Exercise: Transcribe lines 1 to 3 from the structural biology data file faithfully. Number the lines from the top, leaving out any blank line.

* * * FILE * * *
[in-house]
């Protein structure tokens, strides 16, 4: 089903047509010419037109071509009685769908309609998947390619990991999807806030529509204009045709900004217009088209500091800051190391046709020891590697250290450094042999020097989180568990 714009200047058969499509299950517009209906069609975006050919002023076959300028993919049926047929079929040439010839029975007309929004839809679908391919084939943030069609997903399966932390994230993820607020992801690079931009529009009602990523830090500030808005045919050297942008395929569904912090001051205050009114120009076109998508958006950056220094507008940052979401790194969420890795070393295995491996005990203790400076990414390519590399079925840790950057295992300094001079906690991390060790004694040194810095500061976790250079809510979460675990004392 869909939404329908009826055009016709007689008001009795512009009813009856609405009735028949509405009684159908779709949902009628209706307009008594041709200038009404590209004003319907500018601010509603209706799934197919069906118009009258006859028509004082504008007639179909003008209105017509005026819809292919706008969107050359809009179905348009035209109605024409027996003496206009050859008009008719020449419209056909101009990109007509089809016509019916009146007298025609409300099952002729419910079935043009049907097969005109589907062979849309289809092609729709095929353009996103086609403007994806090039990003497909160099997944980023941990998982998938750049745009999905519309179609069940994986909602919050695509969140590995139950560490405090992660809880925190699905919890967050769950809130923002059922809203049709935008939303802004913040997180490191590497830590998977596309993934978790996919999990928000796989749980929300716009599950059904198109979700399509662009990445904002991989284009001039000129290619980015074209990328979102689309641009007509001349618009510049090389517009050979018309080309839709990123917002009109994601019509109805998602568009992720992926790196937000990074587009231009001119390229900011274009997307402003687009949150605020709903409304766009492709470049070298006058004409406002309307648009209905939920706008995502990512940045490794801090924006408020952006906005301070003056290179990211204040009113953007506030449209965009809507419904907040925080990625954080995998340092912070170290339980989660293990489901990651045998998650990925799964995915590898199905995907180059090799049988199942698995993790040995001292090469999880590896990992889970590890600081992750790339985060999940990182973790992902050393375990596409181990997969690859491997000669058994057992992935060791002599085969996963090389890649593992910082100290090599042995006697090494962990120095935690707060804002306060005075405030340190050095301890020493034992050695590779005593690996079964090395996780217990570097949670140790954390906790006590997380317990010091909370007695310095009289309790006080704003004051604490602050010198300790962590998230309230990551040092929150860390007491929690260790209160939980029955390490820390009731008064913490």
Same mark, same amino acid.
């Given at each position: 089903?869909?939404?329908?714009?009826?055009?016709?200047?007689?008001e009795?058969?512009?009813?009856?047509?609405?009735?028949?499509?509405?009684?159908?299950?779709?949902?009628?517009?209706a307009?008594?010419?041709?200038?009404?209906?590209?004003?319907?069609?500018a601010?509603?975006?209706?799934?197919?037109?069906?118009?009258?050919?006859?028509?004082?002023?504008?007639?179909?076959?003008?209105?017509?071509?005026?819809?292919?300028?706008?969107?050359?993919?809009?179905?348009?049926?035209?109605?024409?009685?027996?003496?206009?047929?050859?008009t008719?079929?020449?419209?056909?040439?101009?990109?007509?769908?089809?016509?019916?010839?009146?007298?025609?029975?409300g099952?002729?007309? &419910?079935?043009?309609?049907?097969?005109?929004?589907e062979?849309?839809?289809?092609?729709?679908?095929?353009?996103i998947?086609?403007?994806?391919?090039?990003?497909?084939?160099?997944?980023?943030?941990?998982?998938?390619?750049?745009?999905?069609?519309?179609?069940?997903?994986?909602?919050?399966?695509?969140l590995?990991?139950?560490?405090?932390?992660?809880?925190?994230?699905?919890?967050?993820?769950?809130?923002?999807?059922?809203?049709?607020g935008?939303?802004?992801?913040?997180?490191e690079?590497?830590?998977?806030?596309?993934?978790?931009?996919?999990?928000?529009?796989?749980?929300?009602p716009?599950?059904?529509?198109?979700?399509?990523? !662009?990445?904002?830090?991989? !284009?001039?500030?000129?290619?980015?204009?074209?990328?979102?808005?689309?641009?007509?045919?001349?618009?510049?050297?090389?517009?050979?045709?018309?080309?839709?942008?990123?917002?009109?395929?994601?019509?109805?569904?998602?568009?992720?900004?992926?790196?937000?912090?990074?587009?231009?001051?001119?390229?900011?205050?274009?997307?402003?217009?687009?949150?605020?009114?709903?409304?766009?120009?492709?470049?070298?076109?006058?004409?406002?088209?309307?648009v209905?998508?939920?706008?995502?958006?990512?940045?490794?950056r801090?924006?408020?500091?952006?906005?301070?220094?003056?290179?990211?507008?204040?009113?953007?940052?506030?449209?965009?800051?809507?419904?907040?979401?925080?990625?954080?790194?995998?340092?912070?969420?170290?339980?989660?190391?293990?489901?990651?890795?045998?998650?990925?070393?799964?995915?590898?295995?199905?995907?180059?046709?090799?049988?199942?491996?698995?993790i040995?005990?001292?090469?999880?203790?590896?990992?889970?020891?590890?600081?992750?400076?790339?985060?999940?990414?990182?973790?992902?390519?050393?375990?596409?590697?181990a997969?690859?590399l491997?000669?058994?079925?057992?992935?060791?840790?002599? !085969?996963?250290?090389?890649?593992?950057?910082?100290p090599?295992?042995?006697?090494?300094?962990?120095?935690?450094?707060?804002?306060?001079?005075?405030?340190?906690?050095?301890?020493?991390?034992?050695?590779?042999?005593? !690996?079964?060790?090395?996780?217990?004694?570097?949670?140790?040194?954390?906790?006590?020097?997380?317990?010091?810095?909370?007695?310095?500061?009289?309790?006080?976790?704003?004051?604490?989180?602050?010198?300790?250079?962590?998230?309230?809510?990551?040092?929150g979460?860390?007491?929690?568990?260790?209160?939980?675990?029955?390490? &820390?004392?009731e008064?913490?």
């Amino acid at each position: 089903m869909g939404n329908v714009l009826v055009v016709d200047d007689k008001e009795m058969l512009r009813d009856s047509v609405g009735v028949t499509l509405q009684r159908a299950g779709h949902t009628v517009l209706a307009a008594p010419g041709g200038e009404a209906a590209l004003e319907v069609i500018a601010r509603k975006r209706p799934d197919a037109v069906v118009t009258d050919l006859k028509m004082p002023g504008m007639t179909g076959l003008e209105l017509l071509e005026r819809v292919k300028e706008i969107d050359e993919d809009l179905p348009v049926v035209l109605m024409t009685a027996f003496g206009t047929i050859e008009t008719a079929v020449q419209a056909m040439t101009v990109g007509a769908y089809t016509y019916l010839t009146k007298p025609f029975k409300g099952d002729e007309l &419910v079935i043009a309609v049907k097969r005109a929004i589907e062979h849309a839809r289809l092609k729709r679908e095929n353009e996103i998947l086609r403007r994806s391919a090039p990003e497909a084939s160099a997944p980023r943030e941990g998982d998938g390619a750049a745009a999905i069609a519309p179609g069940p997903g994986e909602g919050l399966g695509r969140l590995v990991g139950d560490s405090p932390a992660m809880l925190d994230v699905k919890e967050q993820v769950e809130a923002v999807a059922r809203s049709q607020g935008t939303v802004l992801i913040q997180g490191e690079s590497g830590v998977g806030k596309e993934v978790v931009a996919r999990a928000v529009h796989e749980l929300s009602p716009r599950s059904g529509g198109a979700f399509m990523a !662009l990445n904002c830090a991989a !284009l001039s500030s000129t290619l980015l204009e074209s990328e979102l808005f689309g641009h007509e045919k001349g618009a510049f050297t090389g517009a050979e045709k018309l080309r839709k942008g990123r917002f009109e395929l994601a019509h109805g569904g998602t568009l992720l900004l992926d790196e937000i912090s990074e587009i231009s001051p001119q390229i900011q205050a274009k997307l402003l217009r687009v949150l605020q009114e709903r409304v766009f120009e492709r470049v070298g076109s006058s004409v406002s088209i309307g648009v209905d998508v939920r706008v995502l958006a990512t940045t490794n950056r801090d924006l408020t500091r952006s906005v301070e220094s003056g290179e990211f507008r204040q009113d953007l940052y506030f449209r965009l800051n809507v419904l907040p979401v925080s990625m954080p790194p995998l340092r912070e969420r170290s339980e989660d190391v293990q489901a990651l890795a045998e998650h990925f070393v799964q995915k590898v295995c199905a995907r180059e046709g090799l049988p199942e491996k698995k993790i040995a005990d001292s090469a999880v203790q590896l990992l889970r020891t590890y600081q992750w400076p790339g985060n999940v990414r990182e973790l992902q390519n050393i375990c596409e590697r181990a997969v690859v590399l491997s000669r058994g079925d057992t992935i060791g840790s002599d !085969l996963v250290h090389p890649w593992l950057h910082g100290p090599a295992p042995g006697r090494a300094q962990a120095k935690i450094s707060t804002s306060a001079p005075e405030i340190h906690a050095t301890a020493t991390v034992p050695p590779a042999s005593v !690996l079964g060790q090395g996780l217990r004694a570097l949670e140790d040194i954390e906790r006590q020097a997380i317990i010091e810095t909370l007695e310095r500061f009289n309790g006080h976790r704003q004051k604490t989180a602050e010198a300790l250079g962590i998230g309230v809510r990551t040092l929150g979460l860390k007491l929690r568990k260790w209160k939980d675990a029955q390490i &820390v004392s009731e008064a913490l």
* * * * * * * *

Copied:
[in-house]
């Protein structure tokens, strides 16, 4: 089903047509010419037109071509009685769908309609998947390619990991999807806030529509204009045709900004217009088209500091800051190391046709020891590697250290450094042999020097989180568990 714009200047058969499509299950517009209906069609975006050919002023076959300028993919049926047929079929040439010839029975007309929004839809679908391919084939943030069609997903399966932390994230993820607020992801690079931009529009009602990523830090500030808005045919050297942008395929569904912090001051205050009114120009076109998508958006950056220094507008940052979401790194969420890795070393295995491996005990203790400076990414390519590399079925840790950057295992300094001079906690991390060790004694040194810095500061976790250079809510979460675990004392 869909939404329908009826055009016709007689008001009795512009009813009856609405009735028949509405009684159908779709949902009628209706307009008594041709200038009404590209004003319907500018601010509603209706799934197919069906118009009258006859028509004082504008007639179909003008209105017509005026819809292919706008969107050359809009179905348009035209109605024409027996003496206009050859008009008719020449419209056909101009990109007509089809016509019916009146007298025609409300099952002729419910079935043009049907097969005109589907062979849309289809092609729709095929353009996103086609403007994806090039990003497909160099997944980023941990998982998938750049745009999905519309179609069940994986909602919050695509969140590995139950560490405090992660809880925190699905919890967050769950809130923002059922809203049709935008939303802004913040997180490191590497830590998977596309993934978790996919999990928000796989749980929300716009599950059904198109979700399509662009990445904002991989284009001039000129290619980015074209990328979102689309641009007509001349618009510049090389517009050979018309080309839709990123917002009109994601019509109805998602568009992720992926790196937000990074587009231009001119390229900011274009997307402003687009949150605020709903409304766009492709470049070298006058004409406002309307648009209905939920706008995502990512940045490794801090924006408020952006906005301070003056290179990211204040009113953007506030449209965009809507419904907040925080990625954080995998340092912070170290339980989660293990489901990651045998998650990925799964995915590898199905995907180059090799049988199942698995993790040995001292090469999880590896990992889970590890600081992750790339985060999940990182973790992902050393375990596409181990997969690859491997000669058994057992992935060791002599085969996963090389890649593992910082100290090599042995006697090494962990120095935690707060804002306060005075405030340190050095301890020493034992050695590779005593690996079964090395996780217990570097949670140790954390906790006590997380317990010091909370007695310095009289309790006080704003004051604490602050010198300790962590998230309230990551040092929150860390007491929690260790209160939980029955390490820390009731008064913490």
Same mark, same amino acid.